Alchemy Yarns Wabi-Sabi
How fitting that the folks at Alchemy Yarns chose that name for their new silk blend, for this yarn embodies many of the underlying concepts of wabi-sabi.
Wabi-Sabi (the yarn) starts with a thick single strand of smooth silk. Around it is gently wrapped a delicate mass of merino fibers that have been distressed to the point of pilling—with the resulting visual effect of raw silk.
The combined yarn is then triple-mordanted to ensure optimal dye absorption, before being hand-painted by Alchemy owner and artist Gina Wilde, washed by hand twice, hung to dry on bamboo poles, twisted into skeins, tagged, and bid adieu as it leaves for a store near you.
Color constitutes only part of the intrigue of this yarn. Silk absorbs dye much more readily than merino, and it reflects colors much more intensely. When the entire skein is exposed to the same dye, each fiber reacts slightly differently, resulting in a very faint yet harmonious striation in the yarn.
For me, the greater intrigue is the pairing of two such stark contrasts: a thick, crisp clean silk and a fine, slub-filled merino—perhaps a manifestation of the wabi-sabi notion of irregular beauty.
In all my years of yarn exploration I've never seen merino presented this way. You'd think it counter-intuitive to present merino as a slubby, pill-filled mass, and yet the results here are captivating.
This yarn was introduced last month at TNNA's winter trade show. Gina is painting her first batches of it for shops this week, which means you'll have to wait until the end of this month to get your hands on it. Until then, let me tell you what to expect.
For this review I used color 88a, Hush.
When knit up, it has the effect of rippled velvet. Best of all, the fabric's innate textured finish means you can be as inconsistent as you like. Ironically it's as close a cousin to Mission Falls 1824 Cotton as I've seen yet—only this is silk with a shimmery, firm velvety hand.
To keep the yarn snug on the needles and avoid snagging, I used a pair of dull-tipped bamboo needles from Plymouth. With perhaps one exception in all my swatches, there was no snagging at all.
After just a few rows I was able to knit by touch alone, making Wabi-Sabi fair game for absent-minded knitting in dark movie theaters—but then you'd miss watching the yarn, which is half the fun.
A word of warning, however: If you're one of those people who must remove any lumps or pills in your yarn, as am I, Wabi-Sabi may drive you nuts—just remember the slubs are intentional. Don't pull them!
Blocking / Washing
I blotted them with a towel and set them out to dry, with no blocking required whatsoever. They were perfect squares. The gauge—I knit a tight 4 stitches per inch on US 9s—was unchanged.
As the friction continued, the surface of my fabric began to blur with a combination of silk and wool fibers. Gradually little clouds of loose fibers covered the surface. After more time, my worn swatches looked organic and earthy, yet this was countered by a discreet silky sheen peeking out from under the blurred surface.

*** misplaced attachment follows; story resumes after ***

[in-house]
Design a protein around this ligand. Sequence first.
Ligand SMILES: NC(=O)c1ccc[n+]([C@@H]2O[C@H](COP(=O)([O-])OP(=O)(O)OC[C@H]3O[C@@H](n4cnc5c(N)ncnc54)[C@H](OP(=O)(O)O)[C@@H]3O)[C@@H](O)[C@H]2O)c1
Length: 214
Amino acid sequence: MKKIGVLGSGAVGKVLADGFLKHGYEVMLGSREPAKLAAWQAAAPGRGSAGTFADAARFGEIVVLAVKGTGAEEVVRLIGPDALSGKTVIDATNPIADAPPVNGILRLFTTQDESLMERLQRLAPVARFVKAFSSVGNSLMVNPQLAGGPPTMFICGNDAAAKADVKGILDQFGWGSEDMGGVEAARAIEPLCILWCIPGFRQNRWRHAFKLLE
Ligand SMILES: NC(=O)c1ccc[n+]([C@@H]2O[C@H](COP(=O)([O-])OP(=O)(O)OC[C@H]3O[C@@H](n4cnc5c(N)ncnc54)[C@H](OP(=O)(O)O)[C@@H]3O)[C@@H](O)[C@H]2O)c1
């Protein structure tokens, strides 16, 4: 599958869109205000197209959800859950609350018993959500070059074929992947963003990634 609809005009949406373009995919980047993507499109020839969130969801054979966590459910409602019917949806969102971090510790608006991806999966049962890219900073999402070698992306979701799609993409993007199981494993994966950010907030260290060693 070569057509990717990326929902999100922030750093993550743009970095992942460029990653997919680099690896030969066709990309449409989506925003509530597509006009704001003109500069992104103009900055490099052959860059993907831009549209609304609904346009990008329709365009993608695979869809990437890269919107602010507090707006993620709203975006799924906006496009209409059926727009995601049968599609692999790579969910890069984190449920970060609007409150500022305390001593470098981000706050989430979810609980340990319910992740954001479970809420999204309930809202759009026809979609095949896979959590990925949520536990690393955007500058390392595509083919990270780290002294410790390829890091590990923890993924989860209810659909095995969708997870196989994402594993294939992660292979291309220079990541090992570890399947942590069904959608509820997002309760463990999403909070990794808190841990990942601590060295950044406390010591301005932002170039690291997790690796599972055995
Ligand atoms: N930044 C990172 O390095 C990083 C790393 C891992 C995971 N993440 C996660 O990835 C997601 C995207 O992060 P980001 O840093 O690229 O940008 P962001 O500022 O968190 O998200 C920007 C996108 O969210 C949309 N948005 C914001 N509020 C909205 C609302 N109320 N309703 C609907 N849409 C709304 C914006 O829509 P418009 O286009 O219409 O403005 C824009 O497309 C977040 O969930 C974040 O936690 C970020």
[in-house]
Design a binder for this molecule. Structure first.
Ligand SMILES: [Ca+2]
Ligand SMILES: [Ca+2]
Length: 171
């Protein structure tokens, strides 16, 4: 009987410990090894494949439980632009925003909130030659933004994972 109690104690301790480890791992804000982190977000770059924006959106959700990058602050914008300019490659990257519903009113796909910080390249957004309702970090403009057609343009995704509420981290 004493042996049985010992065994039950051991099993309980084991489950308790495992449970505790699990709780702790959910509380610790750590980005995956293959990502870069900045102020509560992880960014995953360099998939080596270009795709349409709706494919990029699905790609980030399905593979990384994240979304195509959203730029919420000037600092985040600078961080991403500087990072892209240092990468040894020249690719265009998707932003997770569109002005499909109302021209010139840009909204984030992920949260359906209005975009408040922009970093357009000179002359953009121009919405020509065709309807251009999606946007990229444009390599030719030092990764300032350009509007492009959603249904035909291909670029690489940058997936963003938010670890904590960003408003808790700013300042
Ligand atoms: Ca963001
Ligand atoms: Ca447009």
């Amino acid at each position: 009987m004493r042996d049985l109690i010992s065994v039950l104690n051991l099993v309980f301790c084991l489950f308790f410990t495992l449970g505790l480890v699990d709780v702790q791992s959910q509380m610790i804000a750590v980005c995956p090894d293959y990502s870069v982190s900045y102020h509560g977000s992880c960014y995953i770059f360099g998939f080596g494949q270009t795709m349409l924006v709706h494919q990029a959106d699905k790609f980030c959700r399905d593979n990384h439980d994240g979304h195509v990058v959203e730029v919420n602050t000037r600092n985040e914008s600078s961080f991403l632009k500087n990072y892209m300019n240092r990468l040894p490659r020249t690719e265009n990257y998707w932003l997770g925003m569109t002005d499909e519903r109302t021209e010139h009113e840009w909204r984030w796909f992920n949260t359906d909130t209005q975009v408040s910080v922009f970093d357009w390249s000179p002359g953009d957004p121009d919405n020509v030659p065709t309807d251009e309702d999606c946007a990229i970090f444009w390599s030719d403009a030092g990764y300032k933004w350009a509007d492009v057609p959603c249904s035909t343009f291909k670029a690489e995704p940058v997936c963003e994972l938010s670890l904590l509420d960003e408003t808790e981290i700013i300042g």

As with La Lana Phat Silk, these little clouds were firmly rooted in the long silk fibers in the fabric, making tugging them off a bad idea. Far better to use a sweater shaver and snip them at the base, leaving the surrounding fibers undisturbed.
Even though it has 34% wool, silk is still the predominant fiber in this yarn—and this shows in the yarn's wear. While the wool does add extra loft to the silk, there's still more shimmer here than elasticity or bounce. Over time I knew my swatches would benefit from reblocking.
Another reason not to rush Wabi-Sabi is cost. The extra time and energy required to create this yarn result in an SRP of between $19 and $24 a skein (we're waiting to see what prices stores set when the yarn reaches them). At that price, you want to savor each yard. A plain medium-sized women's drop-shoulder pullover would require about 1100 yards, or 13 skeins. That's...$280. Gulp.
I see Wabi-Sabi in smaller-ticket items just as well, like a cropped bolero-style top with three-quarter-length or short sleeves, or even a summer tank top in simple stockinette stitch, since the yarn's texture does all the work.
But the more I played with my swatches, the more I grappled with this question. Great care has gone into the development of this yarn. The spin and ply were created just for Alchemy, the dye process is painstakingly slow and methodical, and the price reflects all these factors.
Yet once it's knit up, the end result is actually quite simple and unassuming. Dare I say my swatches even had a serene melancholy, or wabi-sabi.
Some knitters may want a garment that more clearly indicates its high cost. And some will be more comfortable in the quiet, solitary understanding of what they're wearing. Either way, Wabi-Sabi encourages us to transcend the way we look at yarn.
66% Bombyx silk
3.5 stitches per inch on US 9 needles
Average retail price
Where to buy online
Weight/yardage per skein
50 g / 86 yards
Country of origin
Manufacturer's suggested wash method
Gentle handwash in cool water.
Color used in review